Just like the Robin: 80th Anniversary 100-Page Super Spectacular and Catwoman: 80th Anniversary 100-Page Super Spectacular, Joker is getting his own giant-sized celebration anthology (as well as Detective Comics #1000, Action Comics #1000, Flash #750, and Wonder Woman #750). And like those specials, DC has commissioned “decade variants” celebrating some of the best artists working today. Like the last two major Batman Universe spectaculars, I’ve pulled together these variants along with some of my research on historical comic covers featuring the Joker to talk about the way these covers honor the trade dress (everything on the cover that isn’t the key art) of the Joker’s history – or rather, how in this collection, they often fail to honor that history.
The covers representing the decades of the 1940s, 50s, and 60s have no direct origin from a previous trade dress, similar to Catwoman’s covers from those decades. Like both the Robin and Catwoman 50s variants, the trade dress for the 50s variant imitates Detective Comics of that time, canting the title to the left with strong upper and lower borders.
The 1960s title font is similar, but not identical, to the font seen on the cover of Batman #73, from 1952, and similar to the 1940s Catwoman variant, it switches from the all upper case font of the classic cover to lower case letters. A common theme between the 1940s title treatments and several of the other covers is incorporating Joker’s playing card motif, something many other covers I uncovered while researching this article also emphasize.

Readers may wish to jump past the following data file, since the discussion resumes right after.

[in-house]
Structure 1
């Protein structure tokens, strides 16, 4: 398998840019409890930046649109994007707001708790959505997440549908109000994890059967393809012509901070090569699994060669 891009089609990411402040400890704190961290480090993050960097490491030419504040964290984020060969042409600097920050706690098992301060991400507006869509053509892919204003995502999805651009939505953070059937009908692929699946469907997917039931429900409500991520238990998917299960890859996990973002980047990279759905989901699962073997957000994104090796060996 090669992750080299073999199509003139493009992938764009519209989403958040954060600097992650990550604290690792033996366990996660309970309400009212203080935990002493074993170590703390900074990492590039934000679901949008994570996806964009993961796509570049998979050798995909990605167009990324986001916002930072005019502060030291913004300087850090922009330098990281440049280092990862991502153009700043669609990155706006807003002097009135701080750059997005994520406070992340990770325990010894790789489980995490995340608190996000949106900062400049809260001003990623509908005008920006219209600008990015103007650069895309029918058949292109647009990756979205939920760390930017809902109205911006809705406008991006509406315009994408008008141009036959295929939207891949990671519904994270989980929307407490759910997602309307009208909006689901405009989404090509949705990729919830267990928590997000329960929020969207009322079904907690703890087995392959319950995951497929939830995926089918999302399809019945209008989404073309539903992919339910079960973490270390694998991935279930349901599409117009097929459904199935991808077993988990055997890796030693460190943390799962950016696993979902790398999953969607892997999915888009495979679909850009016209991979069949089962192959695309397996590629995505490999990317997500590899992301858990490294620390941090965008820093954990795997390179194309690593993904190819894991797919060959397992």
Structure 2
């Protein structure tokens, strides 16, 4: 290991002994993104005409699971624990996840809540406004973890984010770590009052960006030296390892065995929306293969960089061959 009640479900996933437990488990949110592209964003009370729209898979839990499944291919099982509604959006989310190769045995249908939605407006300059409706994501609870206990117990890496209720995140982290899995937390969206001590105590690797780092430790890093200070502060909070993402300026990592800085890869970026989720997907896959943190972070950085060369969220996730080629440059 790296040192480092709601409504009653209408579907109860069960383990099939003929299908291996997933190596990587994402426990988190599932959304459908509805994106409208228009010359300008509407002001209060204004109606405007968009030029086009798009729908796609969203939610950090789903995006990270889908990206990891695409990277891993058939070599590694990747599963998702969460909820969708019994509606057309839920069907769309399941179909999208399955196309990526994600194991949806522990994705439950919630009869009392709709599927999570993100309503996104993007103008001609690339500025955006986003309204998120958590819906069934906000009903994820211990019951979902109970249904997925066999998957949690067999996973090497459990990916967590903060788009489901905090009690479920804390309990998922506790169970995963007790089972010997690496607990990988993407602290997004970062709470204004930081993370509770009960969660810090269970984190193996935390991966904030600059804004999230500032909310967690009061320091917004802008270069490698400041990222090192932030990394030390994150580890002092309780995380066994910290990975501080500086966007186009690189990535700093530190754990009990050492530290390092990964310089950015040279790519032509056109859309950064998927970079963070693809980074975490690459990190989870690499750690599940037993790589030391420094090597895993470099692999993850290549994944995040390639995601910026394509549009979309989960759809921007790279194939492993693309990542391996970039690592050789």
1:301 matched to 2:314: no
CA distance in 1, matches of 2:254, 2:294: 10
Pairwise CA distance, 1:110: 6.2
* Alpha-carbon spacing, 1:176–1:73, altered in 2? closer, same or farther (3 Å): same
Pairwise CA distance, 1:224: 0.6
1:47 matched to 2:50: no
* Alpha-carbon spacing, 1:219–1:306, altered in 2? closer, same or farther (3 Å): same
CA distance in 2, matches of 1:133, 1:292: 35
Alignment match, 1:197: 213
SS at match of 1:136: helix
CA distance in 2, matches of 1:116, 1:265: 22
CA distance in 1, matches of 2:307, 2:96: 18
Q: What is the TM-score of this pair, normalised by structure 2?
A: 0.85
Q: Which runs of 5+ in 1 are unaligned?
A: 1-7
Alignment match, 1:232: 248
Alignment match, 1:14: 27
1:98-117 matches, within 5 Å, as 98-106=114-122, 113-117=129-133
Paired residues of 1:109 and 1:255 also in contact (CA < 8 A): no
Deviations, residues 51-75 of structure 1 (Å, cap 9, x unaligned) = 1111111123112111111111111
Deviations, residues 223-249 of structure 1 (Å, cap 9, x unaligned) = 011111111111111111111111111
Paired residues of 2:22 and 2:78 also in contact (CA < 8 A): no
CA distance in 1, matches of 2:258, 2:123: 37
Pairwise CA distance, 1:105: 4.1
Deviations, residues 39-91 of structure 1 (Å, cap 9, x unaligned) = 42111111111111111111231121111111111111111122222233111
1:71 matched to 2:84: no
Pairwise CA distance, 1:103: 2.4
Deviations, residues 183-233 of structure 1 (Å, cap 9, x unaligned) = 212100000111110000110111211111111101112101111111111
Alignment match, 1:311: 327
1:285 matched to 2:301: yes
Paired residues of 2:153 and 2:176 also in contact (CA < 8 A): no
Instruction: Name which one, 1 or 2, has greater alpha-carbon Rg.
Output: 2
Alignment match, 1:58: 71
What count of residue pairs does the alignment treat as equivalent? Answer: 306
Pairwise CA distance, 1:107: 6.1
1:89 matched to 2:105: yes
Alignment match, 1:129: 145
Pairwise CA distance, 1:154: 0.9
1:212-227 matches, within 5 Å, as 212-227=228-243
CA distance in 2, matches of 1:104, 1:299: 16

The covers for the 70s, 80s, 90s all use the same title font, though the 90s cover removes the Joker head from the “O.”
These covers take their cue from the 1970s solo series, most famously written by Denny O’Neil.
It makes perfect sense why the cover letterers avoided the fairly straightforward and often quite dull fonts seen on even such classics like 1974’s The Brave and the Bold #111 (which issue seems to have inspired some of today’s current Batman titles) or 1998’s Joker: Devil’s Advocate.
It makes much less sense why they avoided the alternatives available. The 1998 Elseworld “I, Joker” had an interesting title treatment that would have provided more contrast than simply repeating the same font three times. In that cover, the trend, often repeated, of a very organic, non-mechanical lettering scheme, hinting at ink or blood-splotches and/or graffiti, symbolizing the chaos and violence that the Joker brings. None of the anniversary covers use this stylistic choice for the Joker’s name, though some gesture at it in the “80th Anniversary” subscripts.
As a last option the cover letterers opted not to use, 1999’s Joker’s Apprentice used a simplified gothic style font that would have been quite stylish on the 1990s cover.
The 2000s, 2010s, and main cover all use the same font, prominently playing into the playing card motif.
The first use of this font I could trace was Joker’s Asylum in 2008, reused many times since, most recently for Year of the Villain: The Joker.
It’s a shame that they didn’t use the more of the variety of options the 2000s gave them. 2000 gave us the Emperor Joker elaborate playing card-themed title, and 2001 gave us the minimalist skull-insert Joker: Last Laugh.
Again, any hint of the more “organic” or graffiti-like fonts seen in 2008’s spidery handwritten font for the Joker one-shot by Brian Azzarello and Lee Bermejo (who draws the 2010s cover) or 2019’s Joker: Killer Smile are completely absent from all of these covers.
All in all, while these covers showcase a spectacular array of art, the trade dress doesn’t quite live up to the last two anniversary specials in terms of utilizing the rich history of these characters and their typographical history.